This week's prime minister's questions was well-behaved, orderly and utterly dull. There is a grave danger MPs are finally getting the message.
A year on from the expenses scandal its fallout continues to haunt the Palace of Westminster. Worst of all, a Speaker has been elected who constantly tells MPs their barracking schoolboy behaviour is "not what the public want". Last week John Bercow even told the prime minister off for getting off-topic. He is now openly talking about shaking up PMQs.
If the terrible day comes when the public is not given the spectacle of the PMQs bearpit, which tests leaders and unashamedly champions partisan rivalry, we will face many more half-hour sessions like this one.
Cameron answered a question on Northern Ireland with a short statement, outlining the current situation in the province and using up valuable time in which he could have been heckled on less serious matters.
In answer to a polite and scrubbed-up question from Western Isles MP Angus MacNeil on fuel costs came an impeccably Sir Humphrey-esque answer. "Discussions will be had and when we have something to say we'll come back and talk about it," Cameron said breezily. It was efficient, effective and without any newsworthiness whatsoever.
Worst of all, the PM fielded repeated questions from well-meaning government backbenchers parroting excitedly about examples within their constituency of the 'big society', which only a select few seem to know about or understand.
Perhaps because of last week's admonishment from the Speaker, Cameron was using this and every other opportunity which came along to adopt a holier-than-thou attitude.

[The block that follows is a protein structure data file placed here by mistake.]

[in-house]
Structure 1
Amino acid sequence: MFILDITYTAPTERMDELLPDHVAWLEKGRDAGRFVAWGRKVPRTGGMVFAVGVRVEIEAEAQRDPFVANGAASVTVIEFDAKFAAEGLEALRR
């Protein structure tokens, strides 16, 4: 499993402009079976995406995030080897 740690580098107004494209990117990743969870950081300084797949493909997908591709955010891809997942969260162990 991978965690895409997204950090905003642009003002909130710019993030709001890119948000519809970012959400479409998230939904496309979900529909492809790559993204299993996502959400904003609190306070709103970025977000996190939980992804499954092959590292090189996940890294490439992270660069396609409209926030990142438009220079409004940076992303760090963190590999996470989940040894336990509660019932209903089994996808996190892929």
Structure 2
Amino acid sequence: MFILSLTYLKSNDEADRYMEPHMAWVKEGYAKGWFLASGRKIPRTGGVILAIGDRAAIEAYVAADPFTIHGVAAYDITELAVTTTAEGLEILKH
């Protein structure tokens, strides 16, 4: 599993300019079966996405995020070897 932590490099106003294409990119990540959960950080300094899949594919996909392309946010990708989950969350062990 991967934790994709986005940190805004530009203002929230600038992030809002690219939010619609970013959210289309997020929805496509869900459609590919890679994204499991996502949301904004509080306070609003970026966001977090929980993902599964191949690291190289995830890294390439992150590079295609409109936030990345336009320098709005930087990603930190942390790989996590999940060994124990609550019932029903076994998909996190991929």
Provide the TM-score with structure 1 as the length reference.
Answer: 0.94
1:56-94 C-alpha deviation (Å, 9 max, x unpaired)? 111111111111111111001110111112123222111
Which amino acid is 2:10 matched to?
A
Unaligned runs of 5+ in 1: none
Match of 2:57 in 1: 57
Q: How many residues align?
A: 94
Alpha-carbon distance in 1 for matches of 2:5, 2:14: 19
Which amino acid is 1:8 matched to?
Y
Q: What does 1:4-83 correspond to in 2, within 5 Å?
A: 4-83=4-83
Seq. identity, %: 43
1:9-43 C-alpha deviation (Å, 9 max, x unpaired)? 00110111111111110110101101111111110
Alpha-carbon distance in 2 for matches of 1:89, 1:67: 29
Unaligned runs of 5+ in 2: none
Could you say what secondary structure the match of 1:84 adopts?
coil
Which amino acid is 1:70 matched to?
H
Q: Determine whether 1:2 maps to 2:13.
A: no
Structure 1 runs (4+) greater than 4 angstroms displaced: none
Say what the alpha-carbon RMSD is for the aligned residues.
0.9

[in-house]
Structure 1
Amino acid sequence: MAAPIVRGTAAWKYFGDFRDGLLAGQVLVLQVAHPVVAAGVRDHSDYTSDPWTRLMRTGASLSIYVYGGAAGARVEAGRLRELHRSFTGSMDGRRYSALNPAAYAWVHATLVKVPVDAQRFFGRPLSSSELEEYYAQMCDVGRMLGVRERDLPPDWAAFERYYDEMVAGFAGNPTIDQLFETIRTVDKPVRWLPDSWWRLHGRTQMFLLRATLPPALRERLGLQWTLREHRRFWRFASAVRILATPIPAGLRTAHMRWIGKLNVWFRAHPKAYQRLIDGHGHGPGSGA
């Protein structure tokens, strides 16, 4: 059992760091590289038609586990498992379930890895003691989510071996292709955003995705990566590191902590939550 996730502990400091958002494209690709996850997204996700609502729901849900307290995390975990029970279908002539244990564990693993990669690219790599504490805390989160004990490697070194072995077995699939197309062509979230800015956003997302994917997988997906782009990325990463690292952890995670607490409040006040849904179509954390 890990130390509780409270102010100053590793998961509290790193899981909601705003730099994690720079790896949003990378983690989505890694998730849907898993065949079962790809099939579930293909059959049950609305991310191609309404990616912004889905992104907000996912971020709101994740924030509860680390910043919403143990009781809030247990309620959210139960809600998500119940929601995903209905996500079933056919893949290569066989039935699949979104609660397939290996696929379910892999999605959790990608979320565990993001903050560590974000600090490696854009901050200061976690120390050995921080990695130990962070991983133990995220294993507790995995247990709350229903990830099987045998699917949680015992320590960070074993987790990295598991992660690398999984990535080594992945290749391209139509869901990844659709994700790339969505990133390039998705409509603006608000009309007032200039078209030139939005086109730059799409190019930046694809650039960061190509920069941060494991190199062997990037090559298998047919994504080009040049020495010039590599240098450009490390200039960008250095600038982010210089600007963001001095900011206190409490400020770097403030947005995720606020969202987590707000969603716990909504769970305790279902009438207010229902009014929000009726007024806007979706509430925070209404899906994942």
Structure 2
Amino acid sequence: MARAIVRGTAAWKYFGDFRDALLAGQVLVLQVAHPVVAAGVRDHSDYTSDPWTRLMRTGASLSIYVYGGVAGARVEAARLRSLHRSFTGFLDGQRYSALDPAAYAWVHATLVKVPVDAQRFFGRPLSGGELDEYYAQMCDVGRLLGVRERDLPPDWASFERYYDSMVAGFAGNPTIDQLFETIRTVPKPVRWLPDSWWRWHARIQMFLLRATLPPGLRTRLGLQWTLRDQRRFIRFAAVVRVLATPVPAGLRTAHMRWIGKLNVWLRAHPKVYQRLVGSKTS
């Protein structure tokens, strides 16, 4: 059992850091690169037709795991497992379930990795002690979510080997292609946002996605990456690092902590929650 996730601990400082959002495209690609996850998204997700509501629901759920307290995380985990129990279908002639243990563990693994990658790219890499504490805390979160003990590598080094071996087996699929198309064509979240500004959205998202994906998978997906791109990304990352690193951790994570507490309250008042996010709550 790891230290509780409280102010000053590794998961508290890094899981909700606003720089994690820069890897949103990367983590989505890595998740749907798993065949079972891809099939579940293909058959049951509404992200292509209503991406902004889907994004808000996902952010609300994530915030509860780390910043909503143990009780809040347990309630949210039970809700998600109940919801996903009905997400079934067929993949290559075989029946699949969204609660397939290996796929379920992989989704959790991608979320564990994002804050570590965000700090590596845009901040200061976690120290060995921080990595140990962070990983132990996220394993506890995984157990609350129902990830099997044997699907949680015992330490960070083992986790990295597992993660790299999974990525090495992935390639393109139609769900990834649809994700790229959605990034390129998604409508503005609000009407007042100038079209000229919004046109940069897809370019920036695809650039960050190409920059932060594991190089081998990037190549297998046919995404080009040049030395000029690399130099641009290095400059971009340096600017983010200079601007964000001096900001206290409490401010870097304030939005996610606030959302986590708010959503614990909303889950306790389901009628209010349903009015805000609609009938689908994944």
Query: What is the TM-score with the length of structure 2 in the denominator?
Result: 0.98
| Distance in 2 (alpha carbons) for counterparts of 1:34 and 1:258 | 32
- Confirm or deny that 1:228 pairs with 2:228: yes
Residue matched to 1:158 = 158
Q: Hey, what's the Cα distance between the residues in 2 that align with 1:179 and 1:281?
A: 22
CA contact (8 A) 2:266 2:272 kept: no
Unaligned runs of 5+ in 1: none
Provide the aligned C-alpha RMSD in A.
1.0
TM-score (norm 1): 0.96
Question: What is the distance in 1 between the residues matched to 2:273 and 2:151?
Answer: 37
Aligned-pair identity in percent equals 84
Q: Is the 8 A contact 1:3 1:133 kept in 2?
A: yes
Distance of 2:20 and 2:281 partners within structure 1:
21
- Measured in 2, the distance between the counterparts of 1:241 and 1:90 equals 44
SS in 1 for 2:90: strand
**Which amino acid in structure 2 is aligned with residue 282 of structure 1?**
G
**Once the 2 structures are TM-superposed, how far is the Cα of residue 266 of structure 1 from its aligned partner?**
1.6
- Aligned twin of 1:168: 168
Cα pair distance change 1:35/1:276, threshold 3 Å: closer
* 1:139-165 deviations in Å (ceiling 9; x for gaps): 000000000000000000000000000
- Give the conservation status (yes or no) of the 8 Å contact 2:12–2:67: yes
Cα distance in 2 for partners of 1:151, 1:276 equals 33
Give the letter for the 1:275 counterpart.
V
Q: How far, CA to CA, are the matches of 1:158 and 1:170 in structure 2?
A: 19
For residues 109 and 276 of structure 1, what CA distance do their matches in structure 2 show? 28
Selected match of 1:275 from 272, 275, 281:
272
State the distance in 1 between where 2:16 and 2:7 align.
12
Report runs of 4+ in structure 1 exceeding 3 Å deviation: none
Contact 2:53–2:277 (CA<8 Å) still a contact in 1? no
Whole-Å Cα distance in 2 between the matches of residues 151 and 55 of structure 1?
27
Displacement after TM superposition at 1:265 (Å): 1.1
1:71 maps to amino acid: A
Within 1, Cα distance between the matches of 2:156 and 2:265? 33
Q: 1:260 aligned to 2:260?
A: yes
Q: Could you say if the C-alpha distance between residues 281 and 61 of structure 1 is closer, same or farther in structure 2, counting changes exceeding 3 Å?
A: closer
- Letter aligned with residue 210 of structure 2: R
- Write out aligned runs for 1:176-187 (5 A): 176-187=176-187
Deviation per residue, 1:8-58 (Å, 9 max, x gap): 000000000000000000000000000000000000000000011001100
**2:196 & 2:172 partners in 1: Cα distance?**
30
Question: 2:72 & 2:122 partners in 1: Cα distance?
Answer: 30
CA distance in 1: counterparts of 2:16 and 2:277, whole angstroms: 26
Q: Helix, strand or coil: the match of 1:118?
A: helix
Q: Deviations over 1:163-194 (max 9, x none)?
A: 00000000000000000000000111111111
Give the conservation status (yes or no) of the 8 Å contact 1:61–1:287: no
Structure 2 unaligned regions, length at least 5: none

"Honourable members opposite who sigh" every time such marvellous community projects are mentioned should realise that "we have to change the way we do politics in this country", the prime minister frowned.
His attitude towards the opposition frontbench was one of censure rather than pity. We have a new problem in British politics, he revealed. "Deficit deniers! And I'm looking at a whole row of them!"
The shadow Cabinet responded by pulling a range and variety of faces more suitable to a 'The Usual Suspects'-style film poster - from red-tied Jack Straw's stuffy frown to slithery-topped Yvette Cooper's sneer. They looked exactly like the sort of people you would expect to deny the deficit. Harriet Harman scowled quietly to herself.
She had been given five questions with which to pester Cameron, who has privately praised her for doing very well. What more damning indictment could there be from her opponent? If he was really riled he might feel the need to criticise her, but after today's performance that seems even less likely. She limped along, moaning that he was not answering her question about NHS commitments. But Cameron had the last word. "We are not backing the bureaucracy," he responded, to opportunistic shrieks from Labour MPs. "We are scrapping the bureaucracy." The coalition roared its approval.
What followed was a thoroughly exemplary series of questions from backbenchers. This was the first PMQs for a long, long time in which no MPs were interrupted for waffling. Instead we saw a succession of topical, relevant queries challenging or supporting the government's business.
It was the most awful form of sterility. Where was the barracking, the railing against the government, the spite, the acrimony? This is the real deficit which needs addressing in the Commons. The only person who won't mind in the slightest is the prime minister.